Thursday, August 11, 2022

More on J. S. Ryan

So, a few days ago someone (Paul W) queried my statement that

[Ryan] had the odd distinction 

of having his work dissed 

by Tolkien himself 

(and quite unfairly, I think).   

Deadlines being always with us --or with me anyway-- I don't have time for a full evaluation.

Here's a quick note summing up my evaluation.

J. S. Ryan's position in Tolkien studies was that of one of the first pioneers -- those who wander across a field, making the first beginnings of the paths that others who came after wd follow, eventually becoming established major roads. Except that Ryan never developed paths but remained a wanderer all these long years.



My original copy of Ryan's book, TOLKIEN: CULT OR CULTURE (1969) I find I can't now re-read without the book disintegrating in my hands (something that happened just last week with my copy of Lockley's PRIVATE LIFE OF THE RABBIT). Accordinglyfor purposes of this note I have taken the text from his later collection TOLKIEN'S VIEW: WINDOWS INTO HIS WORLD (Walking Tree Press, 2009).


Ryan's great contribution to Tolkien studies was that he was among the first to stress the importance on Tolkien's great work of myths and legends from Old English, Old Icelandic, medieval Germanic, and Celtic. Tolkien may have been annoyed at Ryan's source-study, but that's more because he disliked source-studies of his work in general, not Ryan's work in particular.  I at least find it hard to disagree with Ryan's statement regarding the effect of all these medieval legends on LotR:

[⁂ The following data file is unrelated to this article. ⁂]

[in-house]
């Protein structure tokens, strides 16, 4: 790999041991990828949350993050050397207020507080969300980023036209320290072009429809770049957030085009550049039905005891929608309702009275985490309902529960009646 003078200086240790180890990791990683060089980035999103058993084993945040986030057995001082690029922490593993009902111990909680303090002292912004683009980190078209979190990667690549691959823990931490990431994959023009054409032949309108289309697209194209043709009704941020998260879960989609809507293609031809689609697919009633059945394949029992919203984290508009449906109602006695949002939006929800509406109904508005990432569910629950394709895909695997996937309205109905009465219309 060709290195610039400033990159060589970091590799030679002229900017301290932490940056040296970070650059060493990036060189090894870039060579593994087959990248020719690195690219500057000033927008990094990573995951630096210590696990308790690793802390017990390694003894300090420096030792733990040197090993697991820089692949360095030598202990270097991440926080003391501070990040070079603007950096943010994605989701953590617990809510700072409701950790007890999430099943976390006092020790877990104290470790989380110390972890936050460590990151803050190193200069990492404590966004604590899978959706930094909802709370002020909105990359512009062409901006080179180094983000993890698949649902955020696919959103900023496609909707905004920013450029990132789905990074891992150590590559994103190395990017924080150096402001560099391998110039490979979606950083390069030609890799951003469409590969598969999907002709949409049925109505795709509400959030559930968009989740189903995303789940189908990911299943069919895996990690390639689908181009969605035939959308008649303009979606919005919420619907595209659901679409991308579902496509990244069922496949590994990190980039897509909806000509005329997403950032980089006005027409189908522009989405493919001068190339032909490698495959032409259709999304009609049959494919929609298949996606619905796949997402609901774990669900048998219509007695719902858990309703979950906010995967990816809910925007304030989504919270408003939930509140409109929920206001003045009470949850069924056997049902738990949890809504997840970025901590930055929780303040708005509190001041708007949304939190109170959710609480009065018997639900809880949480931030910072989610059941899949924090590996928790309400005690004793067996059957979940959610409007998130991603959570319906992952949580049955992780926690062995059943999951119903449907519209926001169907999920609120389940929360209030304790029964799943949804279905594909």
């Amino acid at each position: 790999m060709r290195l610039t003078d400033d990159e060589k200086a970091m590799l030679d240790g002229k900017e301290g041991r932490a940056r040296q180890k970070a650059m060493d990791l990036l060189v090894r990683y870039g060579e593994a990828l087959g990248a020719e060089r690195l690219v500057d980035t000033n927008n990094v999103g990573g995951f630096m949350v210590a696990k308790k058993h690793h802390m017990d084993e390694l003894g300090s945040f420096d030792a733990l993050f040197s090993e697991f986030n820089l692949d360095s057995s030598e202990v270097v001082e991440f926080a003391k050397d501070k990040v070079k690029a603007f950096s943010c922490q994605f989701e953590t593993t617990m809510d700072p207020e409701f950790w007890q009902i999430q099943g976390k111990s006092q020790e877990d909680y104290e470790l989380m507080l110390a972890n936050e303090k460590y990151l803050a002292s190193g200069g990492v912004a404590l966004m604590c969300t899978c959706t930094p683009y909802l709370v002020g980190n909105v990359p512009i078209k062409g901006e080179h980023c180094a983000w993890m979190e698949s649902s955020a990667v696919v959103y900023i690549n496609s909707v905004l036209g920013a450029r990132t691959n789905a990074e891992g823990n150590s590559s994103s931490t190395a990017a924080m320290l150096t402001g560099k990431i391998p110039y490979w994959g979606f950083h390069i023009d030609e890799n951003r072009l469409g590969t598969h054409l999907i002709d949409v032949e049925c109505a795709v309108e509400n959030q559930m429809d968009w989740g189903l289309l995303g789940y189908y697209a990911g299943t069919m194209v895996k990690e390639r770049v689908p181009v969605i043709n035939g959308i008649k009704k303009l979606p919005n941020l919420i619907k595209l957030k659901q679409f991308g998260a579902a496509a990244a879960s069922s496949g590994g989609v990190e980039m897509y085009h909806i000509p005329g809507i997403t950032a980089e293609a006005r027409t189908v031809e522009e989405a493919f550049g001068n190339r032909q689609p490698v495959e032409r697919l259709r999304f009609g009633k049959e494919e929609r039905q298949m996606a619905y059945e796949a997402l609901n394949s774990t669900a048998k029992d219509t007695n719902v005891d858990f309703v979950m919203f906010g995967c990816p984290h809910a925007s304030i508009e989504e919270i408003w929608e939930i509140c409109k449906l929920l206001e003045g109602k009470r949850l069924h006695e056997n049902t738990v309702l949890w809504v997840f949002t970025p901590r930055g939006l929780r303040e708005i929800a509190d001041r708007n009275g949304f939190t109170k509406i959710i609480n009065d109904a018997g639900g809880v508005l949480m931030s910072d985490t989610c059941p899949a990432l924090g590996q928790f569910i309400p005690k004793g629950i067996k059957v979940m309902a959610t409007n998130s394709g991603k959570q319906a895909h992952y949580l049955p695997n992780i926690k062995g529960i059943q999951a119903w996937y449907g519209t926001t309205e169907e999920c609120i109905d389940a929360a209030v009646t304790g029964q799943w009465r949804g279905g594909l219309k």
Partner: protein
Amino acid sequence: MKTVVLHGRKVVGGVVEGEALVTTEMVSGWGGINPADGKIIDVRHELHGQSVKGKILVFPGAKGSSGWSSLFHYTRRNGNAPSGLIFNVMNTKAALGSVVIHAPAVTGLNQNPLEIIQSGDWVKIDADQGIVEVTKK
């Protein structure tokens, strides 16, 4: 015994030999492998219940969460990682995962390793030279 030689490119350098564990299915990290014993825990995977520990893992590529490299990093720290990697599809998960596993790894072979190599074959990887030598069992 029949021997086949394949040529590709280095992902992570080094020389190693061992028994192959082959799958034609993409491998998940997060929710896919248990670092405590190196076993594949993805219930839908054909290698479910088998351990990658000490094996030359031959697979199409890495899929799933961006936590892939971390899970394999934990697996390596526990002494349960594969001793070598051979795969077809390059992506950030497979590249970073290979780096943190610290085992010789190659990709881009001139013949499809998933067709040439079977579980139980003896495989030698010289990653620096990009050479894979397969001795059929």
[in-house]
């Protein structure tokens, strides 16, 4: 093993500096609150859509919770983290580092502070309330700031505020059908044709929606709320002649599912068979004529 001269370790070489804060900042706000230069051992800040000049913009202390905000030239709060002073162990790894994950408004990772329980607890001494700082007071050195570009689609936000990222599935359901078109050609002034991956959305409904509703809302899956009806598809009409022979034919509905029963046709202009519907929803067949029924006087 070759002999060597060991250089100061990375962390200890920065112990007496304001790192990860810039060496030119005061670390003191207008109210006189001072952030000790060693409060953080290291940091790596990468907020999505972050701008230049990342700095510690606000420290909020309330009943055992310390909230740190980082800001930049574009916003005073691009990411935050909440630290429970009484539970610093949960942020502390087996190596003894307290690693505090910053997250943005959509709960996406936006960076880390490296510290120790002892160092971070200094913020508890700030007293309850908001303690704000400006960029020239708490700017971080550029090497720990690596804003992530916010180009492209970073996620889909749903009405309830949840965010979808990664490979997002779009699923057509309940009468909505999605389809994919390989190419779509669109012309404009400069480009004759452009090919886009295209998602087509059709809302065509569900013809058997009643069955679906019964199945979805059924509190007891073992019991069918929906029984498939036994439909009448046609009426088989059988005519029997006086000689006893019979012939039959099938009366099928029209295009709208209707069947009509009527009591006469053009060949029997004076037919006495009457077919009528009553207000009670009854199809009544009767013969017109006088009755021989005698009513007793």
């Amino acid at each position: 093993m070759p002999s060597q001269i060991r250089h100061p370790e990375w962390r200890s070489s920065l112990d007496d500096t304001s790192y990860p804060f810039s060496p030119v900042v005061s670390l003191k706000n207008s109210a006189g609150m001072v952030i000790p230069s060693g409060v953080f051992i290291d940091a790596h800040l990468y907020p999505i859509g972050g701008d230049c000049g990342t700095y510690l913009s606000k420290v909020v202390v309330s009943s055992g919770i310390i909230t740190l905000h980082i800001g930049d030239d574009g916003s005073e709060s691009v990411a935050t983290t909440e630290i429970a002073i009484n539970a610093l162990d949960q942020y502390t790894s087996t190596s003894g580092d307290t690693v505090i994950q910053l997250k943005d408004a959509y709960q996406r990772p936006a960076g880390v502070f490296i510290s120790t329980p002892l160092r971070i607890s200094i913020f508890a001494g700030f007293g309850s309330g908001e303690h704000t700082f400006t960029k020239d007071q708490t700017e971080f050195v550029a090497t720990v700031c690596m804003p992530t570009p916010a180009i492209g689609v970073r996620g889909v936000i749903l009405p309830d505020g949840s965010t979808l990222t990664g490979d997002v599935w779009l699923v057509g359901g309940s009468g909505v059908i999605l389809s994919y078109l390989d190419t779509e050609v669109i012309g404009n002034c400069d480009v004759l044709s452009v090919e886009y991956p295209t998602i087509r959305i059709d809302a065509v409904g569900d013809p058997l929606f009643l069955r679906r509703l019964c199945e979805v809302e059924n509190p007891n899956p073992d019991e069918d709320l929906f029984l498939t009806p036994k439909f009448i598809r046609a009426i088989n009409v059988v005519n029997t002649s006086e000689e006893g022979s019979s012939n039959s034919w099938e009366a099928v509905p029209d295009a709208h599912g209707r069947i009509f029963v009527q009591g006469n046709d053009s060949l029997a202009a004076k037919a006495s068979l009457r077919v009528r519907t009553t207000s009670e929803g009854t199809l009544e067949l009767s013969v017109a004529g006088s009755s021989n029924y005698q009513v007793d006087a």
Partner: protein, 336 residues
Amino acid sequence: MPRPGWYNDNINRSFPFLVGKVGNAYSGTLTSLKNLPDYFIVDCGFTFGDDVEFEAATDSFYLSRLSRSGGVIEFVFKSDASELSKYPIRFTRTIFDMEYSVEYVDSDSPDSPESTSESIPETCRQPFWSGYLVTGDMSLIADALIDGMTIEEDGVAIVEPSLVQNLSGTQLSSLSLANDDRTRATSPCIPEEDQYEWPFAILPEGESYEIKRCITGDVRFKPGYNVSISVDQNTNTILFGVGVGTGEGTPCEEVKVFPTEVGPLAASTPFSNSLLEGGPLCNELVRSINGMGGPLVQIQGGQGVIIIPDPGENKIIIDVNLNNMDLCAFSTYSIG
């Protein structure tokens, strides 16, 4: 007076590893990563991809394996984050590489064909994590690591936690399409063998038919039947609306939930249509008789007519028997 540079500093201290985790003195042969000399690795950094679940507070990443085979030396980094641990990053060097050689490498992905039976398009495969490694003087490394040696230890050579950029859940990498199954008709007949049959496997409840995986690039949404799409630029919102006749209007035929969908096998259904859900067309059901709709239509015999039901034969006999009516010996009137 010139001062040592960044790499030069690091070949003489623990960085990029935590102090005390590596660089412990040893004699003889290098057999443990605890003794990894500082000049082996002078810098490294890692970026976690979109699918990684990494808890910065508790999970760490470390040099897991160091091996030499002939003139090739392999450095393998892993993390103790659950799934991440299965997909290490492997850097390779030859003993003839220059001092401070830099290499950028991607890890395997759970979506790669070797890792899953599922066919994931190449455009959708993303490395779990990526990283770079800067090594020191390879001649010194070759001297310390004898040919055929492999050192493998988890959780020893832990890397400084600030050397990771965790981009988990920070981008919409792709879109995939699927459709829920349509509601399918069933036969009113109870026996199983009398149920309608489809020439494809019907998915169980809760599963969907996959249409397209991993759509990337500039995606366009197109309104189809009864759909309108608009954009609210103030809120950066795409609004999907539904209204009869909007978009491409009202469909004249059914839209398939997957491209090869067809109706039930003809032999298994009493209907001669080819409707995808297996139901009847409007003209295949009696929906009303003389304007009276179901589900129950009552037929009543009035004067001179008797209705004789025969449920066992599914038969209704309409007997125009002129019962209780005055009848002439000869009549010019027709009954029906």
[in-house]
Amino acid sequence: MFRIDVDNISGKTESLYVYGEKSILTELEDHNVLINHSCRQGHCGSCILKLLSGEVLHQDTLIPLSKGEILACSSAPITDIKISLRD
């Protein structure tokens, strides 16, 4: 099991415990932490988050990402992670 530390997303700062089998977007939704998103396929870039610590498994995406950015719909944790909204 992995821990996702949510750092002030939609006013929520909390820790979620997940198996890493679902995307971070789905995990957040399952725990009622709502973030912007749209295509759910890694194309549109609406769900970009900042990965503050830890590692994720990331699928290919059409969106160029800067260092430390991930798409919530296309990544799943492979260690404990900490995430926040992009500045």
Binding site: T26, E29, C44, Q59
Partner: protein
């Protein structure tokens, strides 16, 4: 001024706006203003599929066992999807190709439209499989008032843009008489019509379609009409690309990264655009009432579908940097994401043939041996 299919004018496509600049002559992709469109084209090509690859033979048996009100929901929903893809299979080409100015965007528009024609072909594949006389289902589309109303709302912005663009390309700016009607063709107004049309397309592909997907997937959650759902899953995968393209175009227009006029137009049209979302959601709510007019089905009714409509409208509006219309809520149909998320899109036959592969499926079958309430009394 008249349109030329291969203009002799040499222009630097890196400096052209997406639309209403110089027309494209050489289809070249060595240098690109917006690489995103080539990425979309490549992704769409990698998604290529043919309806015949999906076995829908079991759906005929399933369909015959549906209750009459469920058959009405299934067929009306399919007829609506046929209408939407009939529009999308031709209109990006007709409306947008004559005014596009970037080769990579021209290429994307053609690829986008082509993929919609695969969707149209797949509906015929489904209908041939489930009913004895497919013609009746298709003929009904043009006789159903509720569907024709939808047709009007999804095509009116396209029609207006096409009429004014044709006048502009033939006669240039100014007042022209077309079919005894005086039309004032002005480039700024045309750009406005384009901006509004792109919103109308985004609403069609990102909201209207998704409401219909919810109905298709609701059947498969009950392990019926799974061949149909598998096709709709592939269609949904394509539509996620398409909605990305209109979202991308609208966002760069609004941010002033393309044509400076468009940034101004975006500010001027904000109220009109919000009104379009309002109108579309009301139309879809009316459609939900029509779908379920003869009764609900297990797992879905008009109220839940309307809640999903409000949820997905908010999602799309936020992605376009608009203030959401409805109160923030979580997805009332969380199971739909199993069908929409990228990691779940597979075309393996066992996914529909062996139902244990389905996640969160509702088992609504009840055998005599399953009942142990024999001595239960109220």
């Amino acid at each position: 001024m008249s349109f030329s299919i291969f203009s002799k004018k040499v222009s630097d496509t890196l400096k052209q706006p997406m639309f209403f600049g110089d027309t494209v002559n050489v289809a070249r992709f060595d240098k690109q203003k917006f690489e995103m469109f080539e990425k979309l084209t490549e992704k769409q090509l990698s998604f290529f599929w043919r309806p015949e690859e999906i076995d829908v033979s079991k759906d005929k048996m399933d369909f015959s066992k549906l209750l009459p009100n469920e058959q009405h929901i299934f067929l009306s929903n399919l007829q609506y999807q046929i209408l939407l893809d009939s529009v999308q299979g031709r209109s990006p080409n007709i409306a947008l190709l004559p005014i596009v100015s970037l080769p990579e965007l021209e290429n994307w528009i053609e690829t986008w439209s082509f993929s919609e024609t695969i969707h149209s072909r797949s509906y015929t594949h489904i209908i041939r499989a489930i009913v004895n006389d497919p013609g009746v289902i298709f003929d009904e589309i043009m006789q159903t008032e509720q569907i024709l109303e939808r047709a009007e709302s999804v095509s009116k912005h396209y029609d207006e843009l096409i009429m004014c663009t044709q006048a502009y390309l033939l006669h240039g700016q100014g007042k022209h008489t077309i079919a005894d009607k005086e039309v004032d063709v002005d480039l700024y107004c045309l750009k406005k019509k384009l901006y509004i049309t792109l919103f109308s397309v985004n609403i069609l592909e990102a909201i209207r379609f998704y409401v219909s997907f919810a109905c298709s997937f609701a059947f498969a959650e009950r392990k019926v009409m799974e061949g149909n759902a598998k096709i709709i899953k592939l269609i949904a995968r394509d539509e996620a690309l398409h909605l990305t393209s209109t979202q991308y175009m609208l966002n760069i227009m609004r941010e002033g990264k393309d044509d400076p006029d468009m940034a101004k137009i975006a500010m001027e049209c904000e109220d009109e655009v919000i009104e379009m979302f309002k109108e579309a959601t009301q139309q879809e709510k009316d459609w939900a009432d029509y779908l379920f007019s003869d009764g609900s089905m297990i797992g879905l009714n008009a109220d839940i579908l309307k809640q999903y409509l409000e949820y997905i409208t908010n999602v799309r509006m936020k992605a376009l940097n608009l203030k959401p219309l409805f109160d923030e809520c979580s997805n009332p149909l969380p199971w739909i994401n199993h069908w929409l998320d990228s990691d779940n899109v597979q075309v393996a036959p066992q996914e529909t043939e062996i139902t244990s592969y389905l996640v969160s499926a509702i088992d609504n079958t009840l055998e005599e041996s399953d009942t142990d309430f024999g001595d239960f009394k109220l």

"The sensation is one of dealing with materials 

drawn from archetypal versions of the medieval

 treasure stories".

--I'm sorry to say that my only connection with JSR was indirect: an unfavorable review I did of one of this books. 


1 comment:

Paul W said...

Thank you for the answer! That makes sense. It encourages me to read Ryan's work if I can get ahold of a copy. I have to admit, I don't really understand Tolkien's antagonism to source study. I suppose it is related to the tower analogy he used to describe the dangers of only studying Beowulf for as an ancient textual source rather then literature. but didn't he understand one can do both?

Just another reason i wish i could have spent a month or so attending Inkling meetings!